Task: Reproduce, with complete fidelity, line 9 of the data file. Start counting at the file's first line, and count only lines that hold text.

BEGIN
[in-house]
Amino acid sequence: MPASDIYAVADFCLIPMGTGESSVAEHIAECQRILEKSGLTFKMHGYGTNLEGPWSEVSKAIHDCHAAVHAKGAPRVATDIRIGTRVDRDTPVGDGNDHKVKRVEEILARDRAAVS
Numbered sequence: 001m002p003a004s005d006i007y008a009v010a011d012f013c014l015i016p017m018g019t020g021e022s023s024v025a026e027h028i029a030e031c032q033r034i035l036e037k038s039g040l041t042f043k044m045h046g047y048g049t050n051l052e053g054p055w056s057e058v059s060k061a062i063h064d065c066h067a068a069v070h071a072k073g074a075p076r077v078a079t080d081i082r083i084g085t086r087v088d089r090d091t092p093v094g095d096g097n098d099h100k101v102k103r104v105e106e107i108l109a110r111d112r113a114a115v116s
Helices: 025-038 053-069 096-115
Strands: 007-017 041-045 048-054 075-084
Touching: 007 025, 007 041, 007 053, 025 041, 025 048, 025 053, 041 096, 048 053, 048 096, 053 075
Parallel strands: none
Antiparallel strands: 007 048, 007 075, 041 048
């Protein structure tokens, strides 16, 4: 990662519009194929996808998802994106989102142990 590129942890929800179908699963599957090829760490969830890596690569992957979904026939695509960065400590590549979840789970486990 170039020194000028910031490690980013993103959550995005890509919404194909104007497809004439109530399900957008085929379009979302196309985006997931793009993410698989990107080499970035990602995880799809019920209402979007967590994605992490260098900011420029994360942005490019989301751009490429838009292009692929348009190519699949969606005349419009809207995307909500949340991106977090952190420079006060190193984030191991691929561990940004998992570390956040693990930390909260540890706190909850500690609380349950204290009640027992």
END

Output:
């Protein structure tokens, strides 16, 4: 990662519009194929996808998802994106989102142990 590129942890929800179908699963599957090829760490969830890596690569992957979904026939695509960065400590590549979840789970486990 170039020194000028910031490690980013993103959550995005890509919404194909104007497809004439109530399900957008085929379009979302196309985006997931793009993410698989990107080499970035990602995880799809019920209402979007967590994605992490260098900011420029994360942005490019989301751009490429838009292009692929348009190519699949969606005349419009809207995307909500949340991106977090952190420079006060190193984030191991691929561990940004998992570390956040693990930390909260540890706190909850500690609380349950204290009640027992």